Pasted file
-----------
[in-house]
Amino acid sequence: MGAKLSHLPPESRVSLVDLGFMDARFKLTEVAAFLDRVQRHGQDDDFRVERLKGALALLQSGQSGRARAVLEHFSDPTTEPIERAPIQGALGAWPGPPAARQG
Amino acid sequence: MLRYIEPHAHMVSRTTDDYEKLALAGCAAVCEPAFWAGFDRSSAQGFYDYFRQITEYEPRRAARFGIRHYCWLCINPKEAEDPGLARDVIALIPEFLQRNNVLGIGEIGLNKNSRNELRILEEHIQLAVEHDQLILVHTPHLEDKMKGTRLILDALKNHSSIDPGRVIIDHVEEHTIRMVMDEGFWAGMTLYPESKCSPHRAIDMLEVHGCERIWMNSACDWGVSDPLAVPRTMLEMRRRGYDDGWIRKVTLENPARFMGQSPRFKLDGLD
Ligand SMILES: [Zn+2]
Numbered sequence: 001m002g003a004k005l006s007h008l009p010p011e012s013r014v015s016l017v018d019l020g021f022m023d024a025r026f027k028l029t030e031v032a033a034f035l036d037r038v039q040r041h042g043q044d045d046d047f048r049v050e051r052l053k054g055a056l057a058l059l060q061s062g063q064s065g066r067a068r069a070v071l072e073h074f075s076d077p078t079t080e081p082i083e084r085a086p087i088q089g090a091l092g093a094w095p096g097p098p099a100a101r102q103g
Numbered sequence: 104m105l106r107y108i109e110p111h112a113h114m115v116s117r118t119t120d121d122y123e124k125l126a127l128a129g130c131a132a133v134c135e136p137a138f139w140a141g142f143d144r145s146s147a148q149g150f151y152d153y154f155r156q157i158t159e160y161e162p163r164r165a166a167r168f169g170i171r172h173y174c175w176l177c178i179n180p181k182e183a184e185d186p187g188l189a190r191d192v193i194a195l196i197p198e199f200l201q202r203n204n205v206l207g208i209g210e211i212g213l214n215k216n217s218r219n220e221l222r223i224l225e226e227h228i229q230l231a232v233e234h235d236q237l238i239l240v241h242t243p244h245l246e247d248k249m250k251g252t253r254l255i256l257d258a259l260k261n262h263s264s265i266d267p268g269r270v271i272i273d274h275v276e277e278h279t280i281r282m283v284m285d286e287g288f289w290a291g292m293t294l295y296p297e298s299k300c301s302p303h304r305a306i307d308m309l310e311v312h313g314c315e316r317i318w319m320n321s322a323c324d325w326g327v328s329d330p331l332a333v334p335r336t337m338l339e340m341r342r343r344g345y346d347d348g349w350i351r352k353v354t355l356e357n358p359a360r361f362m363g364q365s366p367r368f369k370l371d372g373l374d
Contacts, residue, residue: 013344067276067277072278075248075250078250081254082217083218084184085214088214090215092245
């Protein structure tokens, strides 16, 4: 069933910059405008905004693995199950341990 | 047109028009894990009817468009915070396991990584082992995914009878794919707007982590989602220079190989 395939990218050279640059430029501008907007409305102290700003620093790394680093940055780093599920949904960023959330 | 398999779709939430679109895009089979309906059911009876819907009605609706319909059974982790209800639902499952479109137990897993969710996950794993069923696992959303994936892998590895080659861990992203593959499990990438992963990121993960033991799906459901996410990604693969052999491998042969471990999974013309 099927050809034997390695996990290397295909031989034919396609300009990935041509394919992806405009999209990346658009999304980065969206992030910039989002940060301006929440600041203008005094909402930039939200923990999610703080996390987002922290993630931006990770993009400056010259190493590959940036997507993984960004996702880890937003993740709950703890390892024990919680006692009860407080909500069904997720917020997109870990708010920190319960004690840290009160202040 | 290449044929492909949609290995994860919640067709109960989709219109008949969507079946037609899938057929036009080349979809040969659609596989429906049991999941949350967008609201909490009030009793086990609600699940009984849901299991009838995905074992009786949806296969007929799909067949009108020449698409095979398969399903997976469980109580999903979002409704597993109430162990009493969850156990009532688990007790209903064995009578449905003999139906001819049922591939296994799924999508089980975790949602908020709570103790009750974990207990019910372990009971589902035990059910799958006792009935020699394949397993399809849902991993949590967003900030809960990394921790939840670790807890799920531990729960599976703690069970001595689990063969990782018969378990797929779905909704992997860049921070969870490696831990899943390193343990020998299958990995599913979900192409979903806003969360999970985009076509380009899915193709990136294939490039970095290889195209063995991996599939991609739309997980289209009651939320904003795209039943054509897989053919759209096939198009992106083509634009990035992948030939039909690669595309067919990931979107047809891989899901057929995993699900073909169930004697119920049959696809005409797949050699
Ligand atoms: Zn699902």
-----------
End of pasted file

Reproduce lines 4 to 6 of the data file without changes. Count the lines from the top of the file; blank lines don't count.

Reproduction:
Ligand SMILES: [Zn+2]
Numbered sequence: 001m002g003a004k005l006s007h008l009p010p011e012s013r014v015s016l017v018d019l020g021f022m023d024a025r026f027k028l029t030e031v032a033a034f035l036d037r038v039q040r041h042g043q044d045d046d047f048r049v050e051r052l053k054g055a056l057a058l059l060q061s062g063q064s065g066r067a068r069a070v071l072e073h074f075s076d077p078t079t080e081p082i083e084r085a086p087i088q089g090a091l092g093a094w095p096g097p098p099a100a101r102q103g
Numbered sequence: 104m105l106r107y108i109e110p111h112a113h114m115v116s117r118t119t120d121d122y123e124k125l126a127l128a129g130c131a132a133v134c135e136p137a138f139w140a141g142f143d144r145s146s147a148q149g150f151y152d153y154f155r156q157i158t159e160y161e162p163r164r165a166a167r168f169g170i171r172h173y174c175w176l177c178i179n180p181k182e183a184e185d186p187g188l189a190r191d192v193i194a195l196i197p198e199f200l201q202r203n204n205v206l207g208i209g210e211i212g213l214n215k216n217s218r219n220e221l222r223i224l225e226e227h228i229q230l231a232v233e234h235d236q237l238i239l240v241h242t243p244h245l246e247d248k249m250k251g252t253r254l255i256l257d258a259l260k261n262h263s264s265i266d267p268g269r270v271i272i273d274h275v276e277e278h279t280i281r282m283v284m285d286e287g288f289w290a291g292m293t294l295y296p297e298s299k300c301s302p303h304r305a306i307d308m309l310e311v312h313g314c315e316r317i318w319m320n321s322a323c324d325w326g327v328s329d330p331l332a333v334p335r336t337m338l339e340m341r342r343r344g345y346d347d348g349w350i351r352k353v354t355l356e357n358p359a360r361f362m363g364q365s366p367r368f369k370l371d372g373l374d